Guidelines encouraging an ‘entrepreneurial spirit’ and environment were issued in September 2017. These documents pledged to protect entrepreneurs’ legal rights and interests; to ensure fair competition by fighting monopolies and regional protectionism; to improve protection of intellectual property rights and to create more tolerance of entrepreneurial failure.
A nationwide negative-list management program aims to ensure fair access to industries and businesses that are not ruled off limits — but it also calls for strengthening party leadership over businesses and asks entrepreneurs to operate according to the virtues of patriotism and frugality.
As well as corruption, the Xi administration faces a crisis of slowing growth. Among the favoured remedies was ‘going global’: a strategy that involves encouraging Chinese firms to seek better returns offshore than are available domestically. Outbound investment in 2002–12 was fitful. The troubled state of many global players was read in Beijing as a window of opportunity but led to some serious losses.
In the mid-2010s, a ‘going global 2.0’ strategy saw Chinese firms spurred on to a new wave of investment that prioritised value-added manufacturing and service industry acquisitions over greenfield resource plays. But by early 2017, regulators were calling for a halt to ‘irrational’ exuberance displayed in ventures in Hollywood, football teams, vineyards and odd real estate bids.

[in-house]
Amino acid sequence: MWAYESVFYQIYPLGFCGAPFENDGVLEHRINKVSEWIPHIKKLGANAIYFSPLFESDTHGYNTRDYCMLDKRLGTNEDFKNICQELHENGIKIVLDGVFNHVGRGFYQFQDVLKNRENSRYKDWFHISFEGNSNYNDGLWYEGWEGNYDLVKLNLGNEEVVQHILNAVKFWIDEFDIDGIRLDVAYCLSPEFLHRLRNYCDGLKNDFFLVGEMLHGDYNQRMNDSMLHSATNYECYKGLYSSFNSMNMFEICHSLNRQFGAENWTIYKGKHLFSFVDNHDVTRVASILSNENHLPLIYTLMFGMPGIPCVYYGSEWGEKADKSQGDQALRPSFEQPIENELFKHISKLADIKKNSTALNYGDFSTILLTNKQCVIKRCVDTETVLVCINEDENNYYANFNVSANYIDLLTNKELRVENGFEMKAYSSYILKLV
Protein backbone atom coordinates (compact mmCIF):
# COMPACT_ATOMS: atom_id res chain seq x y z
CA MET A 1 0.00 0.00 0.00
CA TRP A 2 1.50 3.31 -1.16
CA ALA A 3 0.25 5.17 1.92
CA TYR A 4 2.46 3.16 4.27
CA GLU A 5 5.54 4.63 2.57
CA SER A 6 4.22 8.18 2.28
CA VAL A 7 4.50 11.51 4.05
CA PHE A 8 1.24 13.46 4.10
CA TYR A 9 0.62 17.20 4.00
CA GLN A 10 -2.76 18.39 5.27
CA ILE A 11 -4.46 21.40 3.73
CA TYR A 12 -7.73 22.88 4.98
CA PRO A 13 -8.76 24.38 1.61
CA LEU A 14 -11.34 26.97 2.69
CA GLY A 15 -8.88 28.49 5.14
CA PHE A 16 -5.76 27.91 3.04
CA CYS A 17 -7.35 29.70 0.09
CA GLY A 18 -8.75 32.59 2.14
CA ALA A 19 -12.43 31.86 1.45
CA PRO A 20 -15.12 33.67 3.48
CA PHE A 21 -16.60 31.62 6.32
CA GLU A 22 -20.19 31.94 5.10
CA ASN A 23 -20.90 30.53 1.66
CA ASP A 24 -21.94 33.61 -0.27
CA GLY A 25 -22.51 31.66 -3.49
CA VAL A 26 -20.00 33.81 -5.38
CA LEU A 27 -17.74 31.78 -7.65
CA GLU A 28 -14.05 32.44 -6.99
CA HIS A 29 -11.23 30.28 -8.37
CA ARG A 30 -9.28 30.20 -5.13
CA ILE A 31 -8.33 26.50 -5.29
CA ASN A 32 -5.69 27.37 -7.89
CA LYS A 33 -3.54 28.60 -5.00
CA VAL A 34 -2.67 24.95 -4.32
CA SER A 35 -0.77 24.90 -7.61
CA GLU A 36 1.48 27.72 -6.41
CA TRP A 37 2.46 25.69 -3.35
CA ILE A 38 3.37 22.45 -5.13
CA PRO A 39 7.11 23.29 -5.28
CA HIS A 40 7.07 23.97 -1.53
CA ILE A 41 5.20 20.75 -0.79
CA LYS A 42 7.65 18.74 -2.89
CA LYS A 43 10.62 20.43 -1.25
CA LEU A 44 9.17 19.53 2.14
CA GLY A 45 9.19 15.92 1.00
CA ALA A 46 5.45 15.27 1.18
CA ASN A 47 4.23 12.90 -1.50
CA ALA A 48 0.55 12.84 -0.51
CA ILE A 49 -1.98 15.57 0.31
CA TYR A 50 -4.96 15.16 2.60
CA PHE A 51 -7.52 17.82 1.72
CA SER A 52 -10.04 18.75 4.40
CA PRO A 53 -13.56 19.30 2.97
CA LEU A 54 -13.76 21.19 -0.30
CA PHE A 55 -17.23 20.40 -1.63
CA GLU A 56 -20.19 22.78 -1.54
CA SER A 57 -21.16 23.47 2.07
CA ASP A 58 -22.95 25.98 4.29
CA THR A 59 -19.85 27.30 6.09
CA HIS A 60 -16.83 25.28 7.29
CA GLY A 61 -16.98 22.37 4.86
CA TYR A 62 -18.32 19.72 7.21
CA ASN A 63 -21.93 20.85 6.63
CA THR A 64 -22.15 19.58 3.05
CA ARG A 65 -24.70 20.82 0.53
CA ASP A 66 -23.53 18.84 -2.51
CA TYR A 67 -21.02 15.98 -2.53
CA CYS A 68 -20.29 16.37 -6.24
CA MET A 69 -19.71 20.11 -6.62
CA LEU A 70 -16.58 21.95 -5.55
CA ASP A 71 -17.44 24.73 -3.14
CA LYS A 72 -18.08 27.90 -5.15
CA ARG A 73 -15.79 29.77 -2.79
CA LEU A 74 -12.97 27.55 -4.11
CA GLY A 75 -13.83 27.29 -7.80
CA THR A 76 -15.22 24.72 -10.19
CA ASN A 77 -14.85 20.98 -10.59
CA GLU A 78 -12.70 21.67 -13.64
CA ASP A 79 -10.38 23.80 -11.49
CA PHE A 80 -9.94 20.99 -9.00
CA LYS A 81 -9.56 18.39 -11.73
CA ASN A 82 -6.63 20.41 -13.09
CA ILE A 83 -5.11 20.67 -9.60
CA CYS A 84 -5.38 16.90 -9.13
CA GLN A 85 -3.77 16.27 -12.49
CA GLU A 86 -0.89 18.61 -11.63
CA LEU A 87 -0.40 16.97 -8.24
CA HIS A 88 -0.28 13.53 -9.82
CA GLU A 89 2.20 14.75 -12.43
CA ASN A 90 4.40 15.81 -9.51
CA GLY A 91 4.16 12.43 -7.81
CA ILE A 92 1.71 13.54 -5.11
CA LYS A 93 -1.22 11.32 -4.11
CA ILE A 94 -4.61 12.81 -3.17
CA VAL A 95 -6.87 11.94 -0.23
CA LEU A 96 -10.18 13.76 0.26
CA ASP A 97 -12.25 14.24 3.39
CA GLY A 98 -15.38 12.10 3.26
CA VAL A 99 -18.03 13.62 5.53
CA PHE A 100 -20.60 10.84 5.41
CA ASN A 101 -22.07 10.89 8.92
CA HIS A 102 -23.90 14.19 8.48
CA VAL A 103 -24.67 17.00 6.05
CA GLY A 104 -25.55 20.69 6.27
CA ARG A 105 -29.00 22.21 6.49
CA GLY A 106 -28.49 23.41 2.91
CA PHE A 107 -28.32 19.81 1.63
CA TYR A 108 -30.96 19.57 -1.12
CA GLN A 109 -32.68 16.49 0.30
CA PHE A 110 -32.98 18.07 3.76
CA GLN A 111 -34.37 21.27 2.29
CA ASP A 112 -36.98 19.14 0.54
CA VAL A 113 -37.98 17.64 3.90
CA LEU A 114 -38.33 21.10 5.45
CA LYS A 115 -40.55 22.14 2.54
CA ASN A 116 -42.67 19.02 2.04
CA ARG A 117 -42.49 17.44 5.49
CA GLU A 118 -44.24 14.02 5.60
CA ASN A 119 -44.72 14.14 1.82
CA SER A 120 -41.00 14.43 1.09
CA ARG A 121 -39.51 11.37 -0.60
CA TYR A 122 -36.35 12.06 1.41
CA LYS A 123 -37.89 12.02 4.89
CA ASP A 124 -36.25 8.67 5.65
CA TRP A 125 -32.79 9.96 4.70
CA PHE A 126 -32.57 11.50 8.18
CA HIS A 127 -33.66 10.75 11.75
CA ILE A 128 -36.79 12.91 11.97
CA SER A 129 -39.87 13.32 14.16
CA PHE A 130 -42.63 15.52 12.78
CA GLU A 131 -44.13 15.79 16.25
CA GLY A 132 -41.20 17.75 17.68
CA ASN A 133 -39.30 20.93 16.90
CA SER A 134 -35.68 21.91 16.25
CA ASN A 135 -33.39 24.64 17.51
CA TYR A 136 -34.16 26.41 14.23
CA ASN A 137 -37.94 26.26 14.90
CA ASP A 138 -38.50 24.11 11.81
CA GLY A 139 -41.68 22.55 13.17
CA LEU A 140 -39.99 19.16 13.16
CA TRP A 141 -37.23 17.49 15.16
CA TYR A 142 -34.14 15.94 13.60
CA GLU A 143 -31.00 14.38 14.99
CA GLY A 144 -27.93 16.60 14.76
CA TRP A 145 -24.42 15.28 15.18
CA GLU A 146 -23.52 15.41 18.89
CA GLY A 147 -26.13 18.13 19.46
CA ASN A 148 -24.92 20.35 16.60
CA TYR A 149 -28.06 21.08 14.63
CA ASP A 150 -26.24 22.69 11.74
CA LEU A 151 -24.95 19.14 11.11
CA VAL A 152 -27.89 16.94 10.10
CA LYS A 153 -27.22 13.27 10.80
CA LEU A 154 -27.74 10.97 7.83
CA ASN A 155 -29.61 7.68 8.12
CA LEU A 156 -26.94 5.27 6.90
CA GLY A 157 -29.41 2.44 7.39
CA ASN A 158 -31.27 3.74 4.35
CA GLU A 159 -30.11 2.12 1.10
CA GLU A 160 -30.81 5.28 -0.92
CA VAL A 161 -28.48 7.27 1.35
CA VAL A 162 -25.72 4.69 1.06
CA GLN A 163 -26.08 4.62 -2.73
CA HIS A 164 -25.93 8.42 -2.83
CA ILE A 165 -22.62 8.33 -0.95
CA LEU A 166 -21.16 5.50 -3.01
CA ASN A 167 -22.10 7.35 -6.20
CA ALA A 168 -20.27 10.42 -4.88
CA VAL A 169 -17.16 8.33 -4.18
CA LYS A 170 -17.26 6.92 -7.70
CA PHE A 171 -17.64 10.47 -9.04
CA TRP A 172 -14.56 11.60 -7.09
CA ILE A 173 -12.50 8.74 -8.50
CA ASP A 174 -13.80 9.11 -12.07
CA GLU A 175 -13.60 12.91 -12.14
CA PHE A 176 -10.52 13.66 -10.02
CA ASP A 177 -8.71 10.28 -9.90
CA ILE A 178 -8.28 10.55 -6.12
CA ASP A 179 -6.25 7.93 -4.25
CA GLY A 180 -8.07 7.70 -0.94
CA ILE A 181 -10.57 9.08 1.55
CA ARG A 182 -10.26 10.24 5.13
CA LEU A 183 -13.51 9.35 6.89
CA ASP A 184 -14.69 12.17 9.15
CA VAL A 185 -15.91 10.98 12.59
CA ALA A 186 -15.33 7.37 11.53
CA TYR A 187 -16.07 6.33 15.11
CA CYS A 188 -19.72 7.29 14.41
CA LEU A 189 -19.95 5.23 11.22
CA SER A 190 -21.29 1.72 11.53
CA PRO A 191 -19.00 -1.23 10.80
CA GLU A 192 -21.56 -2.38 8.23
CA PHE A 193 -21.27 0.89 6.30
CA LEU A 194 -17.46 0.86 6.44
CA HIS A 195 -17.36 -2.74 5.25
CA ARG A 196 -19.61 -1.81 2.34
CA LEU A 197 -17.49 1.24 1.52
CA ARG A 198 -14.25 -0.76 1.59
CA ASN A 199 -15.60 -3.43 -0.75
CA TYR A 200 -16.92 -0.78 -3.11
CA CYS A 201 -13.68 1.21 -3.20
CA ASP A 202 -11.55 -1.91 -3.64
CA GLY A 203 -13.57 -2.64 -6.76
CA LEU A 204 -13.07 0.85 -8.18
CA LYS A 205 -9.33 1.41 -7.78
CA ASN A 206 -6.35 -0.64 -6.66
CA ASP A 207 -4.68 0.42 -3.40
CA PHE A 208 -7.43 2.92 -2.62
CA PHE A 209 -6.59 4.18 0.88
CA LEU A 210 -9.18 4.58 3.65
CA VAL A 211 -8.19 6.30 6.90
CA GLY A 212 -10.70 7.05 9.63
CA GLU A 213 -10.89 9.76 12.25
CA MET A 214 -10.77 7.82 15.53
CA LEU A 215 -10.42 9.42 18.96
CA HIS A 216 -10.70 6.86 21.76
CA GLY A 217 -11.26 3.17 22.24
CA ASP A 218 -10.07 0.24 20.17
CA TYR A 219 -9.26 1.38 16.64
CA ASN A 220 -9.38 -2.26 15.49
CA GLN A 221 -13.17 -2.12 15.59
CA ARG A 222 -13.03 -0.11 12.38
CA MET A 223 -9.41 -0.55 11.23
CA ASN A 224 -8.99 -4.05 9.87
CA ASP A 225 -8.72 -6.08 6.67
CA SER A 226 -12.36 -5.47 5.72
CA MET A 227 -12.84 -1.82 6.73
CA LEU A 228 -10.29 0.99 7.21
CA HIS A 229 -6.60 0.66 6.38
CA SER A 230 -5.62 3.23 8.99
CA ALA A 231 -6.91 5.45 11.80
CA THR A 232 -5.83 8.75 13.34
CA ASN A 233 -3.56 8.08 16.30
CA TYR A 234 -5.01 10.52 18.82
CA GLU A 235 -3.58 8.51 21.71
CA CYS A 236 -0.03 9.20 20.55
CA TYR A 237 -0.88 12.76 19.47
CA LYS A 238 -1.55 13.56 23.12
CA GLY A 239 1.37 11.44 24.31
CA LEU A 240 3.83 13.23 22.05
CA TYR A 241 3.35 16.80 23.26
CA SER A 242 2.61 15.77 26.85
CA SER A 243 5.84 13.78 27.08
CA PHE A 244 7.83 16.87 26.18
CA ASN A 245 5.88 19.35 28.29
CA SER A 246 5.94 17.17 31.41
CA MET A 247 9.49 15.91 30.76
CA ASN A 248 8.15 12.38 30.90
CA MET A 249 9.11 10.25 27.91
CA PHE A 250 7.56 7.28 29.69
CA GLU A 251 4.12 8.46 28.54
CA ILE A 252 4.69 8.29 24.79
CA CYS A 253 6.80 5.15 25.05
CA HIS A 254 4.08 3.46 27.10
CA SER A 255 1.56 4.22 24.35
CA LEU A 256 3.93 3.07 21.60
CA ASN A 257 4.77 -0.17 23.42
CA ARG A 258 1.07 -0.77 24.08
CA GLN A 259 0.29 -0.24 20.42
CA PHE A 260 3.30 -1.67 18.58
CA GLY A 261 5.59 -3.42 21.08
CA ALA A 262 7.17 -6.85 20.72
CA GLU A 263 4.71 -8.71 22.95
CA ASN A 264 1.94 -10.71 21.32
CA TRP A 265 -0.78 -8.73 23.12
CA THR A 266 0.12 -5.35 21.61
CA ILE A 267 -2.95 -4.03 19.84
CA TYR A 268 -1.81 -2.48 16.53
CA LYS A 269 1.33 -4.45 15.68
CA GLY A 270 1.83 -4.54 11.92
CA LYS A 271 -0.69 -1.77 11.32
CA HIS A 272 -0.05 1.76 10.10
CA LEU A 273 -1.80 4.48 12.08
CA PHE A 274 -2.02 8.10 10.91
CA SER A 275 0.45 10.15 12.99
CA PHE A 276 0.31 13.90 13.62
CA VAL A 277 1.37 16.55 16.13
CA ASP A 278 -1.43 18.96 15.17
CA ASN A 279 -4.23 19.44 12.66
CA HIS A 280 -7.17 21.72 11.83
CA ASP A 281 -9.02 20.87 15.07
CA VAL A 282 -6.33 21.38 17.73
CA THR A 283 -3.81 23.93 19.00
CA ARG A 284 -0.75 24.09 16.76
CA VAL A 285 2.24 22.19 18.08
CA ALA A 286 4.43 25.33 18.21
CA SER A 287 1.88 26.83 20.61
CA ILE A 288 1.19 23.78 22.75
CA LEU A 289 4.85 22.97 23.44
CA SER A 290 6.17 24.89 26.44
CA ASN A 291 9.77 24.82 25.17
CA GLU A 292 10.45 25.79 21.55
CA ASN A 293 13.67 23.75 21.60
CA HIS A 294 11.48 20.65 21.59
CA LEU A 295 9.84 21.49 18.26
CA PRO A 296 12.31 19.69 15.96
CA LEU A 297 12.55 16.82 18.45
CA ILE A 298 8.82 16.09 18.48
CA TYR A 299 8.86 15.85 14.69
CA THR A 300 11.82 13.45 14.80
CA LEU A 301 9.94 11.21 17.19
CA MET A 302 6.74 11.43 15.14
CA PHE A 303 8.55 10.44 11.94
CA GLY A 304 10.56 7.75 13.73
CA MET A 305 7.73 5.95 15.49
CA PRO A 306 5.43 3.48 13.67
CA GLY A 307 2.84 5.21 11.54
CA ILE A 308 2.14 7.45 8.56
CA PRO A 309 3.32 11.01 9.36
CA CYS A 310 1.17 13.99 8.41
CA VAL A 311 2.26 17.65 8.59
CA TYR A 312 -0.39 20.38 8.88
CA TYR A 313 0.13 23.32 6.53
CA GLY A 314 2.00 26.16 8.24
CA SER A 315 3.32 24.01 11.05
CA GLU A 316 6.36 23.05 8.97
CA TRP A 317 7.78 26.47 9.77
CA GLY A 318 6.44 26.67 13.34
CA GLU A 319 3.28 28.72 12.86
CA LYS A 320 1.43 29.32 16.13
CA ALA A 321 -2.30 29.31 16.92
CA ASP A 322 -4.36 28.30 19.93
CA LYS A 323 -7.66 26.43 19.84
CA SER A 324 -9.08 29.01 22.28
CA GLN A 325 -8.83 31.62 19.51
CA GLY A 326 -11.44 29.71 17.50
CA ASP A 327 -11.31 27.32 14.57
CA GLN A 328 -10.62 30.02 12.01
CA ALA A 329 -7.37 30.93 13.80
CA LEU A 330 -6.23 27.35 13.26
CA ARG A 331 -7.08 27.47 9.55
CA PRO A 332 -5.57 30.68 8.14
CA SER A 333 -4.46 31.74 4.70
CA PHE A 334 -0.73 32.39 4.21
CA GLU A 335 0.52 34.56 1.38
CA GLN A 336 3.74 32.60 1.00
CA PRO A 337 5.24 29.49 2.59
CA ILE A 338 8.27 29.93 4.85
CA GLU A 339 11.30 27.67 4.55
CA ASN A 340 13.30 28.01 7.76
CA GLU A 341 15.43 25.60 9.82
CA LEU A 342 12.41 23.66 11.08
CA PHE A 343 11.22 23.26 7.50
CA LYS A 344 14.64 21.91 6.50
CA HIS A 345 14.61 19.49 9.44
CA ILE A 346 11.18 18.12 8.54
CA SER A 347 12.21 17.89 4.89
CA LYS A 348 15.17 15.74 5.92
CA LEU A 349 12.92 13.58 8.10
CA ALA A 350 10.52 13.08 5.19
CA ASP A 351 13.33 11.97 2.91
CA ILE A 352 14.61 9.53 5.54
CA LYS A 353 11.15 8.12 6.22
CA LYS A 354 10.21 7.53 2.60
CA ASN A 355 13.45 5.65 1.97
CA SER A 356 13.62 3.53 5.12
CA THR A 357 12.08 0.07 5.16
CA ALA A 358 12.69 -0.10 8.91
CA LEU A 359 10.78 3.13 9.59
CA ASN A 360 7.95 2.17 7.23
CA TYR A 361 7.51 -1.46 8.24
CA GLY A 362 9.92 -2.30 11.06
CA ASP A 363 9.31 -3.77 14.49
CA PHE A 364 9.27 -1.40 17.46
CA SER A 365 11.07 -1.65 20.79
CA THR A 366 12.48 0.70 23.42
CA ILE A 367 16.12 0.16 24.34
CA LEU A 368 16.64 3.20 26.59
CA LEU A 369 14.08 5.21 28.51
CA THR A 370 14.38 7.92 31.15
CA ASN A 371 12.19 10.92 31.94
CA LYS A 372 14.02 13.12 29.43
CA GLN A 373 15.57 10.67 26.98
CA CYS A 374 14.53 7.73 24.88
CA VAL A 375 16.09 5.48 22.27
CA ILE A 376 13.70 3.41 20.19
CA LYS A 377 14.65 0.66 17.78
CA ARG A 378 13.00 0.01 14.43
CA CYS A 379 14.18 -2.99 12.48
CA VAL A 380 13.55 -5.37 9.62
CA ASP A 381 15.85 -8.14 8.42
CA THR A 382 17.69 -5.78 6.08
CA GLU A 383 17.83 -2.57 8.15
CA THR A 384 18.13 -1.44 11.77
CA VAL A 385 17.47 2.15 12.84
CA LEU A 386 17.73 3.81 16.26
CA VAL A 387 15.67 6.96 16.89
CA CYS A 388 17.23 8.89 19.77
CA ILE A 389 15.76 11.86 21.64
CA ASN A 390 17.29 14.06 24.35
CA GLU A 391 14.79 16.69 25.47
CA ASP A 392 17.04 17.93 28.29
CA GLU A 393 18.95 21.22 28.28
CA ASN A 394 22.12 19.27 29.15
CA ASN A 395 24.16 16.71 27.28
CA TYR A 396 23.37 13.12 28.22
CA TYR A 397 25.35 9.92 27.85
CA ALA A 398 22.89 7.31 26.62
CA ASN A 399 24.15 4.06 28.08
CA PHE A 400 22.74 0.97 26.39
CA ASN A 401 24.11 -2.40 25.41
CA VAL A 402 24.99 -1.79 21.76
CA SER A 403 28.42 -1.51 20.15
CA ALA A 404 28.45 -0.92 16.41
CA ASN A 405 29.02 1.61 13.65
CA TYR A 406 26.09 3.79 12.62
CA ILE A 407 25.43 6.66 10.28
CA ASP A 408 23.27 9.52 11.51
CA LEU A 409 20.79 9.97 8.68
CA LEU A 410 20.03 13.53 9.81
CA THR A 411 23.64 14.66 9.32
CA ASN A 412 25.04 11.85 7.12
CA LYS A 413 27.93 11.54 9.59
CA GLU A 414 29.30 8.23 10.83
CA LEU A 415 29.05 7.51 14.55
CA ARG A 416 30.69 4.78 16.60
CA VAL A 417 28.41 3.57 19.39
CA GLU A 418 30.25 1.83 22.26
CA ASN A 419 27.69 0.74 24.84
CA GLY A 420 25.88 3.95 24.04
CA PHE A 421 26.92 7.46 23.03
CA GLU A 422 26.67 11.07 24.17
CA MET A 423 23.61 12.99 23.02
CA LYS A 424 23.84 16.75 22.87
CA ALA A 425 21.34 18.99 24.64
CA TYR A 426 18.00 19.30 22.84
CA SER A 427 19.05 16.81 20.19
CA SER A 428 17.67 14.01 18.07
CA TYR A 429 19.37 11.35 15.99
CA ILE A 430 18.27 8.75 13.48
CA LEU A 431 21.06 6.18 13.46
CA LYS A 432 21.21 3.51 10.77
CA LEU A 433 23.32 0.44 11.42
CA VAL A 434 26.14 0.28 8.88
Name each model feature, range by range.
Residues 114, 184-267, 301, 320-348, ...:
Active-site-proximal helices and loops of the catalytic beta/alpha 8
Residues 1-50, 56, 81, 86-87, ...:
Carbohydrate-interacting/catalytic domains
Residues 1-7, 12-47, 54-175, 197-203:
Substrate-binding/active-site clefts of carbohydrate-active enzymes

China’s private sector, rather than being fully empowered, responsive and broadly ethical, depends on state-sponsored patron–client relations. While not necessarily corrupt, client status implies subservience — taking orders with little or no question. The big challenge for Beijing is that the clients are becoming less subservient.
Despite the higher standards prescribed for ‘going global’, Chinese firms investing overseas remain susceptible to uneducated gambles, opportunism, fashion and empire building. As was the case with South Korea’s conglomerates, there is a tendency to diversify for its own sake rather than the discipline of a core business.
The government says its measures will change this. But it is too much to expect the majority of firms to acquire all the hallmarks of the private sector free of habitual patron–client dependencies.
Beijing is doubling down, damaging share prices and sending a mixed political message that encourages capital to be used abroad rather than at home. China recommends climbing value chains and acquiring assets at good prices while forbidding immature, irresponsible speculation and self-interested investment.
New-era government business relations intend to let businesses take risks while hoping to save them from dissipating into frivolous, non-core ventures. The issue will be how control is exercised — agencies and methods deemed appropriate domestically may prove unpalatable internationally.
David Kelly is Research Director at China Policy.